That was just the beginning. I’ve spent many hours since researching and discovering new and better ways of utilizing Facebook to promote and sell my novel. I’ve also experimented with a variety of boosted posts, adverts, and budgets. Some have done well at attracting attention and buyers, but none more so than my initial boosted post. A post that gathered more than 22,000 engagements; 3000 comments and 8000 shares to the end of 2017. 

Learning how to use Facebook to sell books wasn’t easy. I made some costly mistakes and had many moments of wanting to quit, but I kept at it and eventually found an audience, sold thousands of books, and paid my initial publishing investment back (and then some).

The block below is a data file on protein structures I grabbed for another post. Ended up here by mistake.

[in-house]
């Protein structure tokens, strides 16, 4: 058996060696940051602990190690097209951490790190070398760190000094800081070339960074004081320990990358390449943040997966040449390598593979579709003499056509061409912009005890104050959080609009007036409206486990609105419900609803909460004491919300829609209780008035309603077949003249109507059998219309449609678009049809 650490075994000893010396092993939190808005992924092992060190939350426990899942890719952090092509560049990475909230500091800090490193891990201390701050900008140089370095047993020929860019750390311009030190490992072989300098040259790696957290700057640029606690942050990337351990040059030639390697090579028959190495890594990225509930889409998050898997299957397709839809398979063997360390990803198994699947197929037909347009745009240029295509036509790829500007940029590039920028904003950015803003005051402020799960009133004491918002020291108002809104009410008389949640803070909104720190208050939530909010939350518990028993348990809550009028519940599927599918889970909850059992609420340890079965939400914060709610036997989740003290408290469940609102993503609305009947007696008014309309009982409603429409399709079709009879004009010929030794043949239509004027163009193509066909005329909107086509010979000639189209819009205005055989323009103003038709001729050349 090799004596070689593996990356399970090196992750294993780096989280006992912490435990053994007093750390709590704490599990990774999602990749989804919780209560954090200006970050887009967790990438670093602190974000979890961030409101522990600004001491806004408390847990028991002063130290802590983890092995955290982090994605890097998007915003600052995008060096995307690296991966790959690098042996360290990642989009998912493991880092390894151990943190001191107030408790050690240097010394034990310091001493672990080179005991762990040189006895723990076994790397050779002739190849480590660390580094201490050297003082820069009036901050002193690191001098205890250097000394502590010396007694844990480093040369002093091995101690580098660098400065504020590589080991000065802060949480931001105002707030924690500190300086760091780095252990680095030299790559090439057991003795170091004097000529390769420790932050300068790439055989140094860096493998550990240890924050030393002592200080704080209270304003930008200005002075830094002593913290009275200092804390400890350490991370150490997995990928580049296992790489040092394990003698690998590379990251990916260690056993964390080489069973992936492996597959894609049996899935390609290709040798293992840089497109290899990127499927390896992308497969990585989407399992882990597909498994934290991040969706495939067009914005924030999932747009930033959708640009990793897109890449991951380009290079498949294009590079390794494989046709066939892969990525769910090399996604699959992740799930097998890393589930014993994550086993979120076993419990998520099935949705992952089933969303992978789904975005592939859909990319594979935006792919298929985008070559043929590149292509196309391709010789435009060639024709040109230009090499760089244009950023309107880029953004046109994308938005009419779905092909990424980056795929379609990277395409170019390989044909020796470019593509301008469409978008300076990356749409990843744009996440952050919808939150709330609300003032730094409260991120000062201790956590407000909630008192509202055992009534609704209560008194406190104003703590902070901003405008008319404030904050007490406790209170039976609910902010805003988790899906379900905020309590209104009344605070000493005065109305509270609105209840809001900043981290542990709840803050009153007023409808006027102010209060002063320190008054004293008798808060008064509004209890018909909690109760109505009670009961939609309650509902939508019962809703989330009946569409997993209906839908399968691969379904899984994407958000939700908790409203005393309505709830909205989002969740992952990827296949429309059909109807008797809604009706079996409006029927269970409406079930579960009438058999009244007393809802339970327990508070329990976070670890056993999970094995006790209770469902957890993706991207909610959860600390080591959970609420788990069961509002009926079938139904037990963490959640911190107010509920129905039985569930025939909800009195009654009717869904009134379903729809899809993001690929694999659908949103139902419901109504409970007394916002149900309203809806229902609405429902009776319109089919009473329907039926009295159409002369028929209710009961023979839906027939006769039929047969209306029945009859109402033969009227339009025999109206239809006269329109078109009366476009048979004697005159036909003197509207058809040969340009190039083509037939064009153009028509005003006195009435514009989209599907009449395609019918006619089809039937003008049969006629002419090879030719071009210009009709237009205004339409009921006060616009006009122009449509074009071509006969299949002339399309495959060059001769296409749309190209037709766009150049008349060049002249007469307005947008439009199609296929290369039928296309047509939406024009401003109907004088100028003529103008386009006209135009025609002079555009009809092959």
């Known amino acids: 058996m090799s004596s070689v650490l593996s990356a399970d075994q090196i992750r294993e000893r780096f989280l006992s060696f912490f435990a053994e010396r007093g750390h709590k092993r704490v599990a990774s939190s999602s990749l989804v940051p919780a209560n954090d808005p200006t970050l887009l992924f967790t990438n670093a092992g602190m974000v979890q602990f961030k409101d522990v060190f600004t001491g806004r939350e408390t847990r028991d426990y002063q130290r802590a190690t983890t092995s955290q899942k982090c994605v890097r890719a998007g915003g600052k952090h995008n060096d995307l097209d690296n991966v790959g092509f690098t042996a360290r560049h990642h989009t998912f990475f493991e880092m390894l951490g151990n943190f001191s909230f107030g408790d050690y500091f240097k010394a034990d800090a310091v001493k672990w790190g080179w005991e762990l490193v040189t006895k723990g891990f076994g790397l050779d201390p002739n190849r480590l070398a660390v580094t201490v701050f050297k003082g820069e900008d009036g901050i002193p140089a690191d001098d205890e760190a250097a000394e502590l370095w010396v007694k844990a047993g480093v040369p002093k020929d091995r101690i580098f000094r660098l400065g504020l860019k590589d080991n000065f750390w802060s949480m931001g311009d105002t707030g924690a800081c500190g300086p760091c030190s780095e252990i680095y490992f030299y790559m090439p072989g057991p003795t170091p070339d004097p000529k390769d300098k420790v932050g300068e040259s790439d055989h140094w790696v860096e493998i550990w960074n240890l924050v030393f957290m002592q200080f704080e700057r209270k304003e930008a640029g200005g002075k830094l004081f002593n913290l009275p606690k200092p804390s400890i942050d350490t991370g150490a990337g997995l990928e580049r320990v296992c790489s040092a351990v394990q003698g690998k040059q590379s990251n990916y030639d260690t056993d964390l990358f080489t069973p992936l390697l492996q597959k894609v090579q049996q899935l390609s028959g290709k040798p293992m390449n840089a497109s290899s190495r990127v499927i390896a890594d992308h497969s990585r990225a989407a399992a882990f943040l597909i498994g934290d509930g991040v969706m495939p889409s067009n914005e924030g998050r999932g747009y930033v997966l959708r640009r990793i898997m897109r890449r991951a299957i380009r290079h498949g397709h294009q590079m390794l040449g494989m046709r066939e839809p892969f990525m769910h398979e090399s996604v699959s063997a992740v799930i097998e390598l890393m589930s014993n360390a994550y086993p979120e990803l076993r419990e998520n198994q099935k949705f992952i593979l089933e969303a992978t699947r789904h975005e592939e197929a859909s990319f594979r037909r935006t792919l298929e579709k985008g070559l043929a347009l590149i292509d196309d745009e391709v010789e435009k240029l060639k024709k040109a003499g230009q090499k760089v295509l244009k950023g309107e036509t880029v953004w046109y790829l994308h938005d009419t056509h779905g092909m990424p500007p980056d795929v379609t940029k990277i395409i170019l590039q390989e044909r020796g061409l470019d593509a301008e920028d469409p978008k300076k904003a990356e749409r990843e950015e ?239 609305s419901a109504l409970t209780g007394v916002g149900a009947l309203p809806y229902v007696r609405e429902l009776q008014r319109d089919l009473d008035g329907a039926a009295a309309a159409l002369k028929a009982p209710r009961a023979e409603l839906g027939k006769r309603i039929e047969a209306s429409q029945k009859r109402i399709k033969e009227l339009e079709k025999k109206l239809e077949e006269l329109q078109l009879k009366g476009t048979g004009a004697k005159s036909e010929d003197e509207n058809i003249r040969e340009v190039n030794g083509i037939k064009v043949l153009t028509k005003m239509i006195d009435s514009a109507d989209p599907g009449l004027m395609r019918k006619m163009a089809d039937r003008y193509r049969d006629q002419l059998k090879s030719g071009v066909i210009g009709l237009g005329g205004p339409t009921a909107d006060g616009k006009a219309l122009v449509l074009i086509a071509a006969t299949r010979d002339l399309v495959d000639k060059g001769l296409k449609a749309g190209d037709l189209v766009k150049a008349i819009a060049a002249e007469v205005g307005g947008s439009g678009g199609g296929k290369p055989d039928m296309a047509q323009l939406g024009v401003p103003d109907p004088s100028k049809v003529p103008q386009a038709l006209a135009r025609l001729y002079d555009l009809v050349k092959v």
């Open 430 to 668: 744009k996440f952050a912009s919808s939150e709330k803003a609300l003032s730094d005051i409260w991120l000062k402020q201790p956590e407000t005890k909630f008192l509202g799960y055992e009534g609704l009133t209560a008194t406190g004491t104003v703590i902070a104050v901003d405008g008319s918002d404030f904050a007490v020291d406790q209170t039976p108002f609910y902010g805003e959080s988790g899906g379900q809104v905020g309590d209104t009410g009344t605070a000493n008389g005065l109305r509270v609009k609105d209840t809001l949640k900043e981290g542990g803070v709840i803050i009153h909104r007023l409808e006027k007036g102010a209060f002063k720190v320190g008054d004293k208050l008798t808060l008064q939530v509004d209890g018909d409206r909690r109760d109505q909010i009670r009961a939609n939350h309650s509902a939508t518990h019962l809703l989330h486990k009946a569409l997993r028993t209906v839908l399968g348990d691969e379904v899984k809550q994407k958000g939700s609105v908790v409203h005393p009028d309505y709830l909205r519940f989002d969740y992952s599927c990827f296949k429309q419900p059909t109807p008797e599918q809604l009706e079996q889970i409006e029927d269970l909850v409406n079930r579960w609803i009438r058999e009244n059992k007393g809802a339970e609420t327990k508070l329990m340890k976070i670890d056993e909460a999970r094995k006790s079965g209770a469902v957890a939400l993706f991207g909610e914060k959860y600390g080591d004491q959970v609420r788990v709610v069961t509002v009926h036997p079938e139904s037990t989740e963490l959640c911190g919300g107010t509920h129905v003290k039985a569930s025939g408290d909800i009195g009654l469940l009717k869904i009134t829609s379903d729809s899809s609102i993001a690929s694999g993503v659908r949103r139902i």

Summary of Facebook advertising results (November 28, 2016 - December 31, 2017):

  • Paperbook sales: 5160 units @ $5.80 per sale or $29,915 total (post royalty split)
  • Ebook sales: 2262 units @ $3.40 per sale or $7,698 total
  • Printing costs: $17,361 (5160 paperbacks)
  • Facebook Advertising costs: $ 11,500 (13 months / $885 per month)
  • ROI: $8,917 profit

Collateral Benefits of Facebook Advertising: 

  • Tantor Media bought the audio rights to How to Grow an Addict
  • Facebook Author page gained more than 14,400 new followers
  • 94 new Amazon reviews and 60 new Goodreads reviews 

You can view my best performing FB boosted advert on my author FB page (it's pinned to show at the top of the page): https://www.facebook.com/j.a.wright2015/